The stock market is back in rally mode today, thanks to a pair of U.S. economic statistics that seem to have soothed investor anxiety over the state of business conditions south of the border.
Both the weekly jobless claims and revised first-quarter GDP figures came in just a tad on the weak side, but the numbers had a 'bad news is good news' interpretation by the markets. Hence, the Dow Jones industrial average is up nearly a half per cent in early trading and other indexes are following suit.
With the growth numbers lacklustre, it isn't likely that the Fed is going to tighten monetary policy precipitously, or so the thinking goes. Meanwhile, the data show the U.S. plodding along in a steady, if not unspectacular fashion. In the past, investors have called this the Goldilocks scenario, with the economy advancing at a pace that isn't either too hot or too cold to derail the stock market.
The revised figure of U.S.growth in the first quarter was trimmed to 2.4 per cent from 2.5 per cent, a modest drop due to a larger contraction in U.S. government spending that was first estimated.
The economists at RBC Financial Group believe growth will pick up later in the year, enough to make the Fed tweak policy, but not do anything rash.
"As the fiscal drag runs its course, growth is likely to strengthen over the second half of the year, though the pace is likely to be insufficient to put significant downward pressure on the unemployment rate. While the Fed will take the acceleration in the pace of growth as encouraging, with the unemployment rate still running one percentage point above their target, no change in the Fed funds rate is likely in 2013. Instead, the strengthening in the pace of economic growth is likely to result in the Fed tapering the pace of securities purchases late in the year," RBC said in a note to clients.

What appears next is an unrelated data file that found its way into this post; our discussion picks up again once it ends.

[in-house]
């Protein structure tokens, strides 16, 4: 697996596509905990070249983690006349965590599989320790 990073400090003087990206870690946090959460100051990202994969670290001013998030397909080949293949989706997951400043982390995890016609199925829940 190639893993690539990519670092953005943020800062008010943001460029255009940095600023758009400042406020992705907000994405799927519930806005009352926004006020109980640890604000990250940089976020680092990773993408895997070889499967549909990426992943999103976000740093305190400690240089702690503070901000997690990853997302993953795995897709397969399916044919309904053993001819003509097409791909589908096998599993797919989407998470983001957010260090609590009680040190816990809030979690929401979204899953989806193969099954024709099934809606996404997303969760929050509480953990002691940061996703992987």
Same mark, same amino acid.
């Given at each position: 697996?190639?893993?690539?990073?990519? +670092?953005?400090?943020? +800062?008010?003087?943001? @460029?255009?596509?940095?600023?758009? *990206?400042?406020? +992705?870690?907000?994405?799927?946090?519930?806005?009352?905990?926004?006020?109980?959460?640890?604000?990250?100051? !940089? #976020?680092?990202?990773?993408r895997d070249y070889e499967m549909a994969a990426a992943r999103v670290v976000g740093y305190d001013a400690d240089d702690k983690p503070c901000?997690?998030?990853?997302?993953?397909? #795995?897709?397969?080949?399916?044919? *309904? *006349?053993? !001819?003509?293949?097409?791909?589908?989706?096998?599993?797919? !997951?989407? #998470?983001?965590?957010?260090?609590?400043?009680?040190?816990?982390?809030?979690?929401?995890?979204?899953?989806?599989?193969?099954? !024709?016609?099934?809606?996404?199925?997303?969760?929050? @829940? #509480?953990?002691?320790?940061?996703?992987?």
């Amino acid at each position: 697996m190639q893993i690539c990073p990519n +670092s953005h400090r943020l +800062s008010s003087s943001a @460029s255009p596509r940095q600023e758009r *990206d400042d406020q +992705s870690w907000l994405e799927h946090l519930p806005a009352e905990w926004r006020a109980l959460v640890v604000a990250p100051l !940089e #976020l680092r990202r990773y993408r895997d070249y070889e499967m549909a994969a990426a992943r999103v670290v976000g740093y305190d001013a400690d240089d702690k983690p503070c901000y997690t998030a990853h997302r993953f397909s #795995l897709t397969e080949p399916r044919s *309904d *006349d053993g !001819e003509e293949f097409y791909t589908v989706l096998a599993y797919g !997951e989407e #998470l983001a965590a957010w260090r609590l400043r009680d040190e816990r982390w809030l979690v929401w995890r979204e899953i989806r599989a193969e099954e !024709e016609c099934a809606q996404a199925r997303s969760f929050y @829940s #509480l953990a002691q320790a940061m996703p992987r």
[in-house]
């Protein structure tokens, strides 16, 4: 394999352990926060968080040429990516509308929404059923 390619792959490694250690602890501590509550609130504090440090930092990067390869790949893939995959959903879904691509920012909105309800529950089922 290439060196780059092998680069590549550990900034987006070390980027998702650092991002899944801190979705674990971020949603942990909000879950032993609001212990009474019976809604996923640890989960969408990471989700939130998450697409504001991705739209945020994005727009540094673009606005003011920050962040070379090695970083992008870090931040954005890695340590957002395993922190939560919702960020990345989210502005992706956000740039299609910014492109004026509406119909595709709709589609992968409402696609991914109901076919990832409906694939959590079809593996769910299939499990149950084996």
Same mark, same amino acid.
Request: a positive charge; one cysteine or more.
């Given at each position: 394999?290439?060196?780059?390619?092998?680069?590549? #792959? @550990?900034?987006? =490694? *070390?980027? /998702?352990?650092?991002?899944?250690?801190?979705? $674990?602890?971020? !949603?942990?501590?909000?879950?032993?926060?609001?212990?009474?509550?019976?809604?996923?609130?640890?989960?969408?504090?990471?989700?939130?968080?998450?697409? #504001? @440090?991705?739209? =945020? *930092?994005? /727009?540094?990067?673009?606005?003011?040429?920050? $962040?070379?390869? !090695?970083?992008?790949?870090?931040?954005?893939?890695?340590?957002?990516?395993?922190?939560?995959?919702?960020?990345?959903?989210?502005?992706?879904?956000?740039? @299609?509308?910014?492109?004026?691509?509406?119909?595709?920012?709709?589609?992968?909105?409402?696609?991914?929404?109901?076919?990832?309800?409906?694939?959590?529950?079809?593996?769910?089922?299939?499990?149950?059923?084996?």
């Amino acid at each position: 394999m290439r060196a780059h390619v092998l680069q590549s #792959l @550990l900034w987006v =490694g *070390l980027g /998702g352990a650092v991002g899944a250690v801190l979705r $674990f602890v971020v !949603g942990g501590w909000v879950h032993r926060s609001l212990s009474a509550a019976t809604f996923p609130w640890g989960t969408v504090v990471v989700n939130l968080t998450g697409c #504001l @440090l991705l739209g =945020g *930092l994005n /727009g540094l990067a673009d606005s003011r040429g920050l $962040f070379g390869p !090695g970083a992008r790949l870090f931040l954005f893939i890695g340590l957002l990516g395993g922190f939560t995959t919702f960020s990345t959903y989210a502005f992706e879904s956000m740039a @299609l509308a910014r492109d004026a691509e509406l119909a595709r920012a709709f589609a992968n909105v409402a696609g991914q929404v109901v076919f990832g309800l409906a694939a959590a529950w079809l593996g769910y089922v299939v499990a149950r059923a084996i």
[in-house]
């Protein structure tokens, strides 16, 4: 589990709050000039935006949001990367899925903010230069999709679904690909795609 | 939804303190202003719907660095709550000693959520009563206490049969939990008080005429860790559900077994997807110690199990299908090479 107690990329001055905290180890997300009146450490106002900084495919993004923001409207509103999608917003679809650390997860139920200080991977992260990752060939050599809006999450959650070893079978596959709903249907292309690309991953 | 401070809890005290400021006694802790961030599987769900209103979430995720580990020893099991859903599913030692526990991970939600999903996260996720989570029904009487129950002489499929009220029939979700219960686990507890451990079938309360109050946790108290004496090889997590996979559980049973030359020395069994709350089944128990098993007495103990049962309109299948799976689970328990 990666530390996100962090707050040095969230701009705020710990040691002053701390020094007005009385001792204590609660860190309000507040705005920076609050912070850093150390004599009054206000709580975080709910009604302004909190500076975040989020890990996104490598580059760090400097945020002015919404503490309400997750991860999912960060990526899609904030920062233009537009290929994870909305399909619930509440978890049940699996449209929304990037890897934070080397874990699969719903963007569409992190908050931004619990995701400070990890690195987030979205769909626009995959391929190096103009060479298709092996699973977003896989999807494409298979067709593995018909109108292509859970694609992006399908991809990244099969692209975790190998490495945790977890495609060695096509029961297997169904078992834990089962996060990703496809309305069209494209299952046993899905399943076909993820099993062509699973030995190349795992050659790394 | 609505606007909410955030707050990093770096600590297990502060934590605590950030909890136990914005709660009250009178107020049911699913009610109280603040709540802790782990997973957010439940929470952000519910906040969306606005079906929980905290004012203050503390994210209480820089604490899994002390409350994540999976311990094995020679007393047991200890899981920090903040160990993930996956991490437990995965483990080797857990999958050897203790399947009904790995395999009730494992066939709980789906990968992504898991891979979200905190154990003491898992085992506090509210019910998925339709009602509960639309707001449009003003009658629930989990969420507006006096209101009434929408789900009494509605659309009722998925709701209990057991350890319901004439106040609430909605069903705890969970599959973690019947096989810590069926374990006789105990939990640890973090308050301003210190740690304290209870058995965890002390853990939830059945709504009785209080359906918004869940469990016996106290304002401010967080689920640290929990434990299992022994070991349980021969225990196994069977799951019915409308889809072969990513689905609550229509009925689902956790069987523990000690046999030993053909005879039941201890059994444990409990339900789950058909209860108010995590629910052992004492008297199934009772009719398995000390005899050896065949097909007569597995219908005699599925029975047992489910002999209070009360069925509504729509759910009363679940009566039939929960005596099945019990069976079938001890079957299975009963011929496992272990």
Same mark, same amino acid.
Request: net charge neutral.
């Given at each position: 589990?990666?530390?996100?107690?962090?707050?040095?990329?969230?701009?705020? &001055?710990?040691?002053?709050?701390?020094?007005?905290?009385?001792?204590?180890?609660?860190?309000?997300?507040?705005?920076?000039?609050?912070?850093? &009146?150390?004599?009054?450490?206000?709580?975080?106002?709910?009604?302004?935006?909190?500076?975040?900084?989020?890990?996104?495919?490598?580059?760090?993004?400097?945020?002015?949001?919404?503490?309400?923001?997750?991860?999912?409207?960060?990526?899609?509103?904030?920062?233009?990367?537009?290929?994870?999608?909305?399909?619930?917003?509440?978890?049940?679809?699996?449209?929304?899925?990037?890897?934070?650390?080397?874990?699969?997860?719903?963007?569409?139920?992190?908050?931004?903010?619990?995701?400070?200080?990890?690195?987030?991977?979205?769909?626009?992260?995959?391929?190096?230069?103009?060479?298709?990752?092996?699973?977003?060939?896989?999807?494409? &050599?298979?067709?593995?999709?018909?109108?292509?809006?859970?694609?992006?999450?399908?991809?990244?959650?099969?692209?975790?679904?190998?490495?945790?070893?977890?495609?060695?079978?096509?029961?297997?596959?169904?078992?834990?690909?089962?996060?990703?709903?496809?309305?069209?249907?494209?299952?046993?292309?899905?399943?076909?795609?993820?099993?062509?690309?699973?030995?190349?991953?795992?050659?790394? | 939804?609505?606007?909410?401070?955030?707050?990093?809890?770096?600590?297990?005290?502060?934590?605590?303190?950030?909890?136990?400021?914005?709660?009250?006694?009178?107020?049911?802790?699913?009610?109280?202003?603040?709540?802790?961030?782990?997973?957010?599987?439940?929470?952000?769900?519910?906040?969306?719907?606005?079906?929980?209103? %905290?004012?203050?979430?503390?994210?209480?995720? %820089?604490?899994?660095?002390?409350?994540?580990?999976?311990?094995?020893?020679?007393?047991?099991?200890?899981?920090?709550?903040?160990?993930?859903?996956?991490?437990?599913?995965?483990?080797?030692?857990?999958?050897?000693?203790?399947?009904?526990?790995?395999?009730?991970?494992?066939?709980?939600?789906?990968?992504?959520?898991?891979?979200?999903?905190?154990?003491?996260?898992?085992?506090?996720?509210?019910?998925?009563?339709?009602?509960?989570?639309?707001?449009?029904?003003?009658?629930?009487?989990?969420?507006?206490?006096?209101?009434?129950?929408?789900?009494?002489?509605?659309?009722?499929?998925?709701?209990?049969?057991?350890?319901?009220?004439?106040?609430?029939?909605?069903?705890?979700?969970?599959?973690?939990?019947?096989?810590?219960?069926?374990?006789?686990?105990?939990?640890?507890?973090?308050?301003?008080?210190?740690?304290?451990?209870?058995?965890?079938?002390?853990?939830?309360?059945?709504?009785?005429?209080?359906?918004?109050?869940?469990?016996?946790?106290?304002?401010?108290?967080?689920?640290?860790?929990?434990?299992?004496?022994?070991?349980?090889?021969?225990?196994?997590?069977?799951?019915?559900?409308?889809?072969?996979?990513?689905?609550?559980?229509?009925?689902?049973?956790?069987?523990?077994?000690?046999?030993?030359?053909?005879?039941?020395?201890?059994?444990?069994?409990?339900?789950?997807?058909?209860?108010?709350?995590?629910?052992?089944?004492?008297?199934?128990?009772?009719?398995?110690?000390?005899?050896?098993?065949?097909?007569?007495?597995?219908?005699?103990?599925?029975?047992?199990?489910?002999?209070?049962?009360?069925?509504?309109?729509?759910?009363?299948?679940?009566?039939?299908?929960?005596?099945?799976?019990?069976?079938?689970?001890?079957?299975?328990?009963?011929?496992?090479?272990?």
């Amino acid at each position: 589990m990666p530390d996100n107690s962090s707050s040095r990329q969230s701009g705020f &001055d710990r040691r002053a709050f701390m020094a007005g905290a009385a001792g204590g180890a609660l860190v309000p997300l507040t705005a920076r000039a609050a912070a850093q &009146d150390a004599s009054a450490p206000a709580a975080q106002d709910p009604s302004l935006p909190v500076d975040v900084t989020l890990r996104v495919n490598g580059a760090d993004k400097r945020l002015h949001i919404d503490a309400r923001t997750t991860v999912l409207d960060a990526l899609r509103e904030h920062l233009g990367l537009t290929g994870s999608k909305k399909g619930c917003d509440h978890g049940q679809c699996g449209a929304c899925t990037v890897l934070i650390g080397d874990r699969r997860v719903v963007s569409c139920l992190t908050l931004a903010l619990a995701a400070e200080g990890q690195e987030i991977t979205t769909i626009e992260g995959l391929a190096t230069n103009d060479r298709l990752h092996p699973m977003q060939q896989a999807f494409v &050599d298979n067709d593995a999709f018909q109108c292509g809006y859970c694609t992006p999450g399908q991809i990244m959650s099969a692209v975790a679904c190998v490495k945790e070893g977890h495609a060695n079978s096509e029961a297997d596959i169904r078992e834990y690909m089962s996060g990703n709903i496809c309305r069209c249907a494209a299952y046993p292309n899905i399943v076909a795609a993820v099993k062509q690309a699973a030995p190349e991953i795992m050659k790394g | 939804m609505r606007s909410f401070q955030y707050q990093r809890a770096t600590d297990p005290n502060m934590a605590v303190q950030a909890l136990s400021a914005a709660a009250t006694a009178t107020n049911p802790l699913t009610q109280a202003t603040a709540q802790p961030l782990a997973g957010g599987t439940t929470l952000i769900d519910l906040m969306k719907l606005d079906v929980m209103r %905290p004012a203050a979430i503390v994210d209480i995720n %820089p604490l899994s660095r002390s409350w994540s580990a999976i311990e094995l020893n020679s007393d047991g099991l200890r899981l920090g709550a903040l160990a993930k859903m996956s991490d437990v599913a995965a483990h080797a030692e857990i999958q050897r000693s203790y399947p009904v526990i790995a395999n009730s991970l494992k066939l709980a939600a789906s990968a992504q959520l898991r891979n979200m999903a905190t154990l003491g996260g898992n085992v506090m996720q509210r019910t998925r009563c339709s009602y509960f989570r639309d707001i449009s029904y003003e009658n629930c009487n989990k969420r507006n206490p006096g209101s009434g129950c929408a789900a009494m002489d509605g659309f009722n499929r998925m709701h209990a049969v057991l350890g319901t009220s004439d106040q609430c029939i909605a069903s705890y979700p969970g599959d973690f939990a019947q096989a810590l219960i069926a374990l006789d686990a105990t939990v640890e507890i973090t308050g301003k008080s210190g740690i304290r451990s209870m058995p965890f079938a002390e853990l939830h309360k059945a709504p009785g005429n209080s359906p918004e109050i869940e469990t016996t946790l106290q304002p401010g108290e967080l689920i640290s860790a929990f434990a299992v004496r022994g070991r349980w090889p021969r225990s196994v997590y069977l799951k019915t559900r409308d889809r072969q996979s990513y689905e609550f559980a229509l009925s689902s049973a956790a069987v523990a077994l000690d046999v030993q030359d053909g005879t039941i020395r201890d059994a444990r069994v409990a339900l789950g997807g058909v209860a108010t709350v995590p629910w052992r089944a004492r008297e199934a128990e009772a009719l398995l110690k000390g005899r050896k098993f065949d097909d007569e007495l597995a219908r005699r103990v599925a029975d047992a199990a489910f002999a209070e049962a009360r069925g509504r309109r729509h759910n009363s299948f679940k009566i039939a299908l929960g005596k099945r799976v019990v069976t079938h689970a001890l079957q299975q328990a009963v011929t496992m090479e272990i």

Meanwhile, weekly U.S. first time jobless claims, a measure of new layoffs, increased by 10,000 to 354,000.
The figure probably suggests another so-so employment report for May, probably the most important monthly economic release in the U.S., due next Friday.The consensus is for non-farm payrolls to rise 163,000, not much change from the 165,000 increase in April.